Attending the 2019 UCLA Festival of Preservation

Lately, it’s been raining like cats and dogs in Southern California. I’m certainly not complaining. The weather’s been wonderfully chilly, the mountains are covered in snow and everything else is green, green, green. But, it is a pain to get around in so I’ve been keeping close to home for the most part. Although last weekend I found the perfect activity to get me out of the house and headed to Westwood for the 2019 UCLA Festival of Preservation.

The UCLA Film & Television Archive began in 1965 and is the largest university-based media archive in the world. Since 1977, it has also been a leader in film preservation and restoration and has been instrumental in the conservation of several important film and television images. Those of us in Southern California are lucky because the archive regularly holds screenings at the Billy Wilder Theater and I’ve caught some wonderful films there.

In addition to the regular screenings once a year the UCLA Festival of Preservation is held to celebrate the latest restored works over a three day marathon. For a film lover like myself this is just about the best way to spend a weekend yet, until this year, I’d never made it to the fest. But rainy weather makes for optimal movie watching conditions and I finally went to check it out.

I started the day with Selling L.A. Television: Local Kinescopes and Film Fragments, 1953-1965 a selection of segments from local television stations. As one who loves local history I was especially excited to catch a rare glimpse of vintage SoCal tv shows. During this period most local shows aired live and were not saved to tape so any chance to view them is a rare treat. And what a treat it was! I saw a young Jerry Dunphy explain why the new concept of an hour long news program would be a hit with the public, I watched Vampira slink across the screen, give her signature scream and introduce a creature feature and I laughed at a local children’s show that was regularly interrupted by a very vocal rooster. It was a real delight to catch these glimpses into the past.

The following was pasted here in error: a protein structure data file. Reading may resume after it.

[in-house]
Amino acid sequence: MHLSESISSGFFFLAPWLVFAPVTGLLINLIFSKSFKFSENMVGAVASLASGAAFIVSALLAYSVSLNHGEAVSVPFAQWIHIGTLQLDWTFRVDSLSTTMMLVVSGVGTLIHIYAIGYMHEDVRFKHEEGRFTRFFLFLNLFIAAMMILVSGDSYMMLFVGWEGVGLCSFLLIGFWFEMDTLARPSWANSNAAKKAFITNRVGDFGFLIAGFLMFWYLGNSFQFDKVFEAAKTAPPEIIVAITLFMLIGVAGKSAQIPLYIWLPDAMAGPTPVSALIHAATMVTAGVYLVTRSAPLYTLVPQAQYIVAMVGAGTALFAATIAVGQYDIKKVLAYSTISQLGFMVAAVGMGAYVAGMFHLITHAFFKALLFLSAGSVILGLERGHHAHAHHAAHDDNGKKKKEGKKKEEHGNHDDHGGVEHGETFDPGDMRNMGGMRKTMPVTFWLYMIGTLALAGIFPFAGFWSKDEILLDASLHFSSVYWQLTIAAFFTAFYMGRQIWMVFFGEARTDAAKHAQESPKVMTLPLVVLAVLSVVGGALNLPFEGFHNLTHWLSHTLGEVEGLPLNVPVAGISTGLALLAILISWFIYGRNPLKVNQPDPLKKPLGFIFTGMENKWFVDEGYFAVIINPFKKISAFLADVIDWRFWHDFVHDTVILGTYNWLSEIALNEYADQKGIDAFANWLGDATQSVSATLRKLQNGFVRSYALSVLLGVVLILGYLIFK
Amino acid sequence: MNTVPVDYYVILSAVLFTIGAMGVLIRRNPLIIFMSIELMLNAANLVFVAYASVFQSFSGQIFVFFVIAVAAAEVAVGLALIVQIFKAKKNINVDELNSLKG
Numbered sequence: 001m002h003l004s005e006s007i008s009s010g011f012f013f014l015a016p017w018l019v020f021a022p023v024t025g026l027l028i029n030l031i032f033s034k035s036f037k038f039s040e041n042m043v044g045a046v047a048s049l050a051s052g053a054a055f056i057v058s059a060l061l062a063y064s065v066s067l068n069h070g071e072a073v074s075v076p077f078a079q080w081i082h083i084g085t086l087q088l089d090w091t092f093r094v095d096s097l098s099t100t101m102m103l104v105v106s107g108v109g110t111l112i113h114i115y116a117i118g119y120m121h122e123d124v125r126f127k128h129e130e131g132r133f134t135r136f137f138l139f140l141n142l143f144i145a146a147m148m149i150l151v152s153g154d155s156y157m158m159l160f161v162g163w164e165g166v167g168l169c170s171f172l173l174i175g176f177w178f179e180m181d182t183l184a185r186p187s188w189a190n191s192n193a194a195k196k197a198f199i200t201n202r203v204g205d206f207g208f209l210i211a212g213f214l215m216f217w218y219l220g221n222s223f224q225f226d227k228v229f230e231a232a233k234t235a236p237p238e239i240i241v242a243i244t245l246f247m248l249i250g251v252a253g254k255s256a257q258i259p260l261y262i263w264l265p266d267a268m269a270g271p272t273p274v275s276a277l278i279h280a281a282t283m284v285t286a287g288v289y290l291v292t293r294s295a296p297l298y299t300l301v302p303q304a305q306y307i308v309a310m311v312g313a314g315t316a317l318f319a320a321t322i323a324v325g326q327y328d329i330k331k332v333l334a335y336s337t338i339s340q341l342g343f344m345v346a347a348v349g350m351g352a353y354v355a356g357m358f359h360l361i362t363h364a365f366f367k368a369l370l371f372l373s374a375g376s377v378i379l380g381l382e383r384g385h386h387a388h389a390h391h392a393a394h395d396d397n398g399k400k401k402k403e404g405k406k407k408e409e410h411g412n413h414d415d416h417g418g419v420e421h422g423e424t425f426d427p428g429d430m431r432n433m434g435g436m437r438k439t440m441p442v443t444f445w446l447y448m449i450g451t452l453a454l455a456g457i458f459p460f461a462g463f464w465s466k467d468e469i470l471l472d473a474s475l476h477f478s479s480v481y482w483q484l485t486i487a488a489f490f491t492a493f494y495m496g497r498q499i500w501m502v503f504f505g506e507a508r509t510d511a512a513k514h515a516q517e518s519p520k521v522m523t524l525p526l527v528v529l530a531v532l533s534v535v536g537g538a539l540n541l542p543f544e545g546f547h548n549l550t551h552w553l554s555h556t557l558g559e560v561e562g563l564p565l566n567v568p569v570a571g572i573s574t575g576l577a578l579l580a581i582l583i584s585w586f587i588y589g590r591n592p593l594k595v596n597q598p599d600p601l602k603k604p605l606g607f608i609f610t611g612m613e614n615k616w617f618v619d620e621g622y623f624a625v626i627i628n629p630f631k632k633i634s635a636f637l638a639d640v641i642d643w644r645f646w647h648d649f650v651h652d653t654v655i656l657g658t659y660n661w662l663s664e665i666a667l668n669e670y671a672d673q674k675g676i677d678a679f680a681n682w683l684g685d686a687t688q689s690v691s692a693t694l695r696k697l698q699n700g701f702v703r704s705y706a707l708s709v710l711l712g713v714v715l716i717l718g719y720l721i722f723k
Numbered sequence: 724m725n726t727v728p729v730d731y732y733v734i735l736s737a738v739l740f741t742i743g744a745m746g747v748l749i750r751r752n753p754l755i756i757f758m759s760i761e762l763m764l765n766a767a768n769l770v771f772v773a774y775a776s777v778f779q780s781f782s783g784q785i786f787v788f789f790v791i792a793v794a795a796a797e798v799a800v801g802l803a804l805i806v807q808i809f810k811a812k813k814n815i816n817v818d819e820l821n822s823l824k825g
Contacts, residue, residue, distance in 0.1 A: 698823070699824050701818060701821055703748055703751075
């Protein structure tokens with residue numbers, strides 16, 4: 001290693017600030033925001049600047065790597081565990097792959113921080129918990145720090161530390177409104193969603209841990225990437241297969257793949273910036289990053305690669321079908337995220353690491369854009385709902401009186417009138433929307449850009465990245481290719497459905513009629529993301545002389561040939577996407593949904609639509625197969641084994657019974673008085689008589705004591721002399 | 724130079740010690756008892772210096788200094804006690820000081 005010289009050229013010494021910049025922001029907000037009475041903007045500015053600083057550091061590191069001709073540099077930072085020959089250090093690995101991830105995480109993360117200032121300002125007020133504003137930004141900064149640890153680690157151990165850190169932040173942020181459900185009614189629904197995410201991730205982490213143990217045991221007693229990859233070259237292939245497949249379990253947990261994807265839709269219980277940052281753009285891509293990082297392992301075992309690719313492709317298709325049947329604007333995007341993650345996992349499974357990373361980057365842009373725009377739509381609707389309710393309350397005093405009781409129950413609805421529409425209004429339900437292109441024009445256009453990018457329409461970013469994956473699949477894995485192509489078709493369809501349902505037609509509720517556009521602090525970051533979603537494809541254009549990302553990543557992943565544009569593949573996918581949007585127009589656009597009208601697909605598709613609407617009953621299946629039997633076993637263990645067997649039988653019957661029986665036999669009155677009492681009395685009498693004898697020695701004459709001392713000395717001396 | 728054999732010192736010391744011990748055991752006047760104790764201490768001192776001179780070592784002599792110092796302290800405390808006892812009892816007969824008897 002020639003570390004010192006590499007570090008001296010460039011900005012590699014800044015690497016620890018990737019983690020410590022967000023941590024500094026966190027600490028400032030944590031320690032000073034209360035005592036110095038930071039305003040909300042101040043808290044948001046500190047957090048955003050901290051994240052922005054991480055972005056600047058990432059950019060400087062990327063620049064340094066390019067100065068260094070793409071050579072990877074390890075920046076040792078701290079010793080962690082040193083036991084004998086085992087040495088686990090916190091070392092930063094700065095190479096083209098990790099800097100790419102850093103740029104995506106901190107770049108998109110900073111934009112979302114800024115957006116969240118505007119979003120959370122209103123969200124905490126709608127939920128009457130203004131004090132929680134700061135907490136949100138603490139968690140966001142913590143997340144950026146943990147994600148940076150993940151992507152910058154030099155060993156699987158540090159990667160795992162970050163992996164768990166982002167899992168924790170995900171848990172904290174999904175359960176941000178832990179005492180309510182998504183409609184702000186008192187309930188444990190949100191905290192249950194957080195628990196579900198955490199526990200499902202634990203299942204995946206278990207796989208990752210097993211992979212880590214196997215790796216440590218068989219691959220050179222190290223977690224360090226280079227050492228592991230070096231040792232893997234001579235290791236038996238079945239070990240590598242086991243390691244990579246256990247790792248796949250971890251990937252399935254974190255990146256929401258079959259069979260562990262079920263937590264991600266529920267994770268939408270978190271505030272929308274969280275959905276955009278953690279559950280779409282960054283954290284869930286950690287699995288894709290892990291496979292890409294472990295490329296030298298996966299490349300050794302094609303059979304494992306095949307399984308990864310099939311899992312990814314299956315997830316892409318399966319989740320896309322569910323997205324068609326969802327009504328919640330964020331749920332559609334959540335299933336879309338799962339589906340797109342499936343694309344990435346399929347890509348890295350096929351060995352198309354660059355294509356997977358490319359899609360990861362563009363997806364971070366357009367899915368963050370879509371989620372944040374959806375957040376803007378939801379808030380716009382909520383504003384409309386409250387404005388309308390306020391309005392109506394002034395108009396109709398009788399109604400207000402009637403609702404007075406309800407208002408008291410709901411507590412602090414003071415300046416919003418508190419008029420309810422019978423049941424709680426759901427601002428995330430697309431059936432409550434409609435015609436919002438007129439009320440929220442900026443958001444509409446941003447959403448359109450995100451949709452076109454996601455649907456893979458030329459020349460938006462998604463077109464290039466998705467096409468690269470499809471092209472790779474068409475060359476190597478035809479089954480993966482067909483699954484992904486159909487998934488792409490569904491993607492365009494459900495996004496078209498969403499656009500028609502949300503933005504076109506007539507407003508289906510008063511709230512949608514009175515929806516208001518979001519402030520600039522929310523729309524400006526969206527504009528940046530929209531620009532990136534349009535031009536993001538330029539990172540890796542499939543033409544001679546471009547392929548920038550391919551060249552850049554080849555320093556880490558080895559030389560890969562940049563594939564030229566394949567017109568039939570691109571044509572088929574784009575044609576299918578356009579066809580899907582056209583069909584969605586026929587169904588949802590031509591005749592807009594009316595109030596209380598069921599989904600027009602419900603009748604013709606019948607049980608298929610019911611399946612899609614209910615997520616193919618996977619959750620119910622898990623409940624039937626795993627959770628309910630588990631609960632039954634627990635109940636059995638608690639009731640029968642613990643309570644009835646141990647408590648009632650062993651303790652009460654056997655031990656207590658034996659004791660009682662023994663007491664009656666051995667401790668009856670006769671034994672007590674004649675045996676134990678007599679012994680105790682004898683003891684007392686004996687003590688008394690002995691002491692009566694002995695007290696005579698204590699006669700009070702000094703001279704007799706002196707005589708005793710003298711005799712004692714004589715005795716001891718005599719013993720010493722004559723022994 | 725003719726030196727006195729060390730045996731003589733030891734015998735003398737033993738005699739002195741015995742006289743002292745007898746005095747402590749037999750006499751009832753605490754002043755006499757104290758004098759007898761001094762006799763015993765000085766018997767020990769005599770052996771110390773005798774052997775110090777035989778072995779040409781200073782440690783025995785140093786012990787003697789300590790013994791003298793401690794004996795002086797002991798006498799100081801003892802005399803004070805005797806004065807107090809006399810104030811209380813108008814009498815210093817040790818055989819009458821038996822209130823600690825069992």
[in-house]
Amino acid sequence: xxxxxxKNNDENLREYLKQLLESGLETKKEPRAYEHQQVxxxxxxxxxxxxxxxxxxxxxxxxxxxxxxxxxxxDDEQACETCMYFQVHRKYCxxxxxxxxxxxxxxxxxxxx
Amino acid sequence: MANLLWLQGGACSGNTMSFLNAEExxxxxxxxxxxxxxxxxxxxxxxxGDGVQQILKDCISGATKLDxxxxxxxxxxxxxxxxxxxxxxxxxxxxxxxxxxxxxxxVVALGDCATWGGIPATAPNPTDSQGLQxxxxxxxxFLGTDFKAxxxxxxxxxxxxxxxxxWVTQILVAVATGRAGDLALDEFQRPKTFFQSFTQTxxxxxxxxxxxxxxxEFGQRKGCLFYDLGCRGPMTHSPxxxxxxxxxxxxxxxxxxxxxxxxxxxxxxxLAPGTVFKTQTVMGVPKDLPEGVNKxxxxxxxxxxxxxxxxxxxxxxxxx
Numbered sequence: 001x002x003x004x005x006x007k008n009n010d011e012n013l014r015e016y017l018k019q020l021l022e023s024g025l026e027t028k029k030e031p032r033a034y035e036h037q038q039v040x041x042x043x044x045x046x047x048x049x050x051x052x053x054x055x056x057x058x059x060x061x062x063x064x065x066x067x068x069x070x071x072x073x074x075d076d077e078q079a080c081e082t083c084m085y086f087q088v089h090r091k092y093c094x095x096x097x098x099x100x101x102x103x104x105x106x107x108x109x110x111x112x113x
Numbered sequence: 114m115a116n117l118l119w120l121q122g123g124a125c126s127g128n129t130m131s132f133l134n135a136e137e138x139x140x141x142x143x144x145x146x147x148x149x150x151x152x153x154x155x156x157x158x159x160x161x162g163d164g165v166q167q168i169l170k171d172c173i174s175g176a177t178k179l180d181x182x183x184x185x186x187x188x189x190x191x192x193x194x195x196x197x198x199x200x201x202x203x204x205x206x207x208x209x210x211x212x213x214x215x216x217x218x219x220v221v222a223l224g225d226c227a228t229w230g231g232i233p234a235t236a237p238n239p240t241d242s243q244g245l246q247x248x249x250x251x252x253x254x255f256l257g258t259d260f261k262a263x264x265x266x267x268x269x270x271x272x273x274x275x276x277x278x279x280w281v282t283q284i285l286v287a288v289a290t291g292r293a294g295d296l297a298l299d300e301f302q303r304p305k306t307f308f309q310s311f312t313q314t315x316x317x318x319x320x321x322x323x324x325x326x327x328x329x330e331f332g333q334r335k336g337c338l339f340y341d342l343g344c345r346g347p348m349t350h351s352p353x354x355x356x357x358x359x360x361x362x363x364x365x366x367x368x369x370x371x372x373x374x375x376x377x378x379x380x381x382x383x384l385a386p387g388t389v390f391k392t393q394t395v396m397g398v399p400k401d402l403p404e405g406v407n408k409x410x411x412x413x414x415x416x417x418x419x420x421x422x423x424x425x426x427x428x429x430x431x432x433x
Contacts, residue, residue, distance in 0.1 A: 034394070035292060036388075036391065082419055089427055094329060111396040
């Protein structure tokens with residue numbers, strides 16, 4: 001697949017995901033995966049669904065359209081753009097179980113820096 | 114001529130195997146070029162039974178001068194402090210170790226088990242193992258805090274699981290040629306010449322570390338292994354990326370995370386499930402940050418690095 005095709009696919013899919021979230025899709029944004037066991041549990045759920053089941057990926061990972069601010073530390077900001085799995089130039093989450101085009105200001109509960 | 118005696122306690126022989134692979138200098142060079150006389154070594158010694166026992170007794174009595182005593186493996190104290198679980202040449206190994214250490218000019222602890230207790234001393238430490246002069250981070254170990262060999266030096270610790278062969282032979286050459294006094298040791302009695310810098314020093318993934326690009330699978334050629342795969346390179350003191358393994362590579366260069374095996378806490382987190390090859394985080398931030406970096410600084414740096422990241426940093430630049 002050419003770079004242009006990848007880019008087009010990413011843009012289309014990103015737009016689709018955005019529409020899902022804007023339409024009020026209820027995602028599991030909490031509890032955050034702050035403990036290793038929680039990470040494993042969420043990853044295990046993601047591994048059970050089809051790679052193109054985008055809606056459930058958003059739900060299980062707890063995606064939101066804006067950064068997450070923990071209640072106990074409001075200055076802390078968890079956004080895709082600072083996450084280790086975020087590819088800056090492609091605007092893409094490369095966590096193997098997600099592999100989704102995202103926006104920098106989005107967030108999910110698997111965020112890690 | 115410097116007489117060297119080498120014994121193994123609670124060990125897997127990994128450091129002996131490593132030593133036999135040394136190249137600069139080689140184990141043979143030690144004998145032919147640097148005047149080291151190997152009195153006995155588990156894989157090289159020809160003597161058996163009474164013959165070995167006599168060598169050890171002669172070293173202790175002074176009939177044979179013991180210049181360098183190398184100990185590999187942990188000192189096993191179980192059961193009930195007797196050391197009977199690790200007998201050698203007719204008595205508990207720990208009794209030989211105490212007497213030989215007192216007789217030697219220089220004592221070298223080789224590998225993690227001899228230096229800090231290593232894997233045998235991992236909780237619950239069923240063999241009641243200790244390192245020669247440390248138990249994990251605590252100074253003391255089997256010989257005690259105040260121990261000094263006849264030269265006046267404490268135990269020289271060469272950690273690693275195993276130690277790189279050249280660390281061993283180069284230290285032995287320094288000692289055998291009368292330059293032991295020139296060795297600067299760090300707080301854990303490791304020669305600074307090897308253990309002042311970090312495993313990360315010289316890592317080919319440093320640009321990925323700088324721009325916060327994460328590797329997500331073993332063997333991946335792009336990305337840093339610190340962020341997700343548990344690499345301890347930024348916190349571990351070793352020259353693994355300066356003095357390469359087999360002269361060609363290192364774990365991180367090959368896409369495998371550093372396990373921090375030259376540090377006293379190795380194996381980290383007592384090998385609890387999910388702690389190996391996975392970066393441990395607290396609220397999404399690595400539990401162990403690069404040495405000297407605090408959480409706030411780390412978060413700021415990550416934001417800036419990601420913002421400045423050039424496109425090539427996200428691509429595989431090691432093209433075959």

Then it was on to a little afternoon noir with a screening of The Crooked Way. Starring John Payne, Sonny Tufts and Ellen Drew it tells the tale of veteran with amnesia who returns to Los Angeles only to discover he was once a big time mobster who isn’t quite welcome in the town he used to rule. The movie has some of the most beautiful film noir imagery I’ve ever seen and the cinematography by John Alton is superb. It’s ALL light and shadows and moody, brooding atmosphere. Much of it was filmed on location and I relished seeing old LA brought to life. Let me tell you, Union Station hasn’t changed a bit and I love it! The only thing I found lacking was the acting. John Payne was a bit stiff, Ellen Drew a bit boring and I just couldn’t buy Sonny Tufts as a big time gangster. I guess Here Comes the Waves ruined him for me.

I finished up my day with El fantasma del convento (The Phantom of the Monastery) a 1934 Mexican horror film. This film is a true showcase for the archive’s restoration work as it hardly showed its 85 year age. Often, films this old are quite grainy but the imagery on screen was crystal clear and I was astounded at how beautiful it looked. And the story itself is wonderfully creepy. Shot on location at an actual monastery it tells of three friends who seek shelter with an order of monks who aren’t quite what they seem. The three leads Enrique del Campo, Marte Roel and Carlos Villatoro were utterly convincing as a trio in way over their heads and I found the whole film a delightful example of early horror.

I’m so glad I finally made it to the UCLA Festival of Preservation and only wish I could have stayed longer. Now that I’ve gone I know just how fun it is and next year I’ll be sure to clear my schedule so I can enjoy the entire weekend’s festivities.

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